On election night a year ago, celebrations across the North Bay included dancing in the streets. The voters had spoken — loudly — for Barack Obama, who won 74 percent of ballots in Sonoma County and 78 percent in Marin. Spirits were sky high, and so were expectations.
That evening, as he spoke to the nation from Chicago’s Grant Park, Obama repeated his campaign mantra: “Yes we can.” But a year later, the words are less uplifting.
“If this financial crisis taught us anything, it’s that we cannot have a thriving Wall Street while Main Street suffers,” Obama declared in his election-night speech. Yet Wall Street is now doing quite a bit better than Main Street...
Read the full op-ed in the Santa Rosa Press Democrat
This week begins with a significant new straw in the political wind for President Obama to consider. The California Democratic Party has just sent him a formal and clear message: Stop making war in Afghanistan.
Overwhelmingly approved on Sunday by the California Democratic Party's 300-member statewide executive board, the resolution is titled "End the US Occupation and Air War in Afghanistan."
The resolution supports "a timetable for withdrawal of our military personnel" and calls for "an end to the use of mercenary contractors as well as an end to air strikes that cause heavy civilian casualties." Advocating multiparty talks inside Afghanistan, the resolution also urges Obama "to oversee a redirection of our funding and resources to include an increase in humanitarian and developmental aid."
While Obama weighs Afghanistan policy options, the California Democratic Party's adoption of the resolution is the most tangible indicator yet that escalation of the US war effort can only fuel opposition within the president's own party - opposition that has already begun to erode his political base.
Participating in a long-haul struggle for progressive principles inside the party, I co-authored the resolution with savvy longtime activists Karen Bernal of Sacramento and Marcy Winograd of Los Angeles...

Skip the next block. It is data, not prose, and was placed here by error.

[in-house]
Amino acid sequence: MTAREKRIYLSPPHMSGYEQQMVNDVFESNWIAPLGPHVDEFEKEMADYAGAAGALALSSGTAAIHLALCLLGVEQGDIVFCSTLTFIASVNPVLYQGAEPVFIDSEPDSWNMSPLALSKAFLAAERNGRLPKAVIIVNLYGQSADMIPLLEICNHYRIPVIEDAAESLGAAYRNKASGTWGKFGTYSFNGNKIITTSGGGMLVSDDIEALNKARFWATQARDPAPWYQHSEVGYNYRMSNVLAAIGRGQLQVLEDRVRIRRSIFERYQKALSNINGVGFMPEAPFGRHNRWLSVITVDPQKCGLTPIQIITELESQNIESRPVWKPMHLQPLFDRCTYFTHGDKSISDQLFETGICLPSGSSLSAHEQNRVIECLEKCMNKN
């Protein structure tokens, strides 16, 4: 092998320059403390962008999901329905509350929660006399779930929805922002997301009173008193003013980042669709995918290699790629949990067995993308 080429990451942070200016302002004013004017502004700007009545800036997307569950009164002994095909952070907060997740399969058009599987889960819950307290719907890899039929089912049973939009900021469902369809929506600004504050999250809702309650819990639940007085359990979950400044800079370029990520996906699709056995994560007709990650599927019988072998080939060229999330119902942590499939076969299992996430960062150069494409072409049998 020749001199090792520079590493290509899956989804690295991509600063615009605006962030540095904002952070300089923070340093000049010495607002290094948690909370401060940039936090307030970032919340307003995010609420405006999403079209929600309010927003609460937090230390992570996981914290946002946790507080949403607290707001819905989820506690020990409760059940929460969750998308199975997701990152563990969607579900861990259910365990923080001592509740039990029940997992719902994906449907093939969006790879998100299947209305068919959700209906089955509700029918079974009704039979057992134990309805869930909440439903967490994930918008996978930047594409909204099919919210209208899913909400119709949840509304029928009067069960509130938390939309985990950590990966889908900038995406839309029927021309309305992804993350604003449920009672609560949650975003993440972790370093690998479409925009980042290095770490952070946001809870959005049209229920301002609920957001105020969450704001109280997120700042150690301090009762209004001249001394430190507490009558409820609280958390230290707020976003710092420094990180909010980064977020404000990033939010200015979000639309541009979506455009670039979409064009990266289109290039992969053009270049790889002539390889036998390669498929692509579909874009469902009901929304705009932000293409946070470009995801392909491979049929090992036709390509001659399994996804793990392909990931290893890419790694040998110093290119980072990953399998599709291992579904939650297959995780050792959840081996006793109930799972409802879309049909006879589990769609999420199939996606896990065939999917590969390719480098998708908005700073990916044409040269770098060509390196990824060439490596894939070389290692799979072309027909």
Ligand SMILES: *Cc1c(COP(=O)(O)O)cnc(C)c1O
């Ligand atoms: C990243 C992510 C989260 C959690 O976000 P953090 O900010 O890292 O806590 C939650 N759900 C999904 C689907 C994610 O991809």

Disputes are raging within the Obama administration over how to continue the US war effort in Afghanistan. A new leak tells us that Washington's ambassador in Kabul, former four-star Gen. Karl Eikenberry, has cautioned against adding more troops while President Hamid Karzai keeps disappointing American policymakers. This is the extent of the current debate within the warfare state.
During a top-level meeting Wednesday afternoon in the White House, The Washington Post reports, President Obama "was given a series of options laid out by military planners with differing numbers of new US deployments, ranging from 10,000 to 40,000 troops. None of the scenarios calls for scaling back the US presence in Afghanistan or delaying the dispatch of additional troops."
No doubt, there are real tactical differences between Eikenberry and the US/NATO commander in Afghanistan, Stanley McChrystal, the ultra-spun, brainy Spartan who wants to boost the current US troop level of 68,000 to well over 100,000 in the war-afflicted country. But those policy disputes exist well within the context of a permanent war psychology...
In Washington, "healthcare reform" has degenerated into a sick joke.
At this point, only spinners who've succumbed to their own vertigo could use the word "robust" to describe the public option in the healthcare bill that the House Democratic leadership has sent to the floor...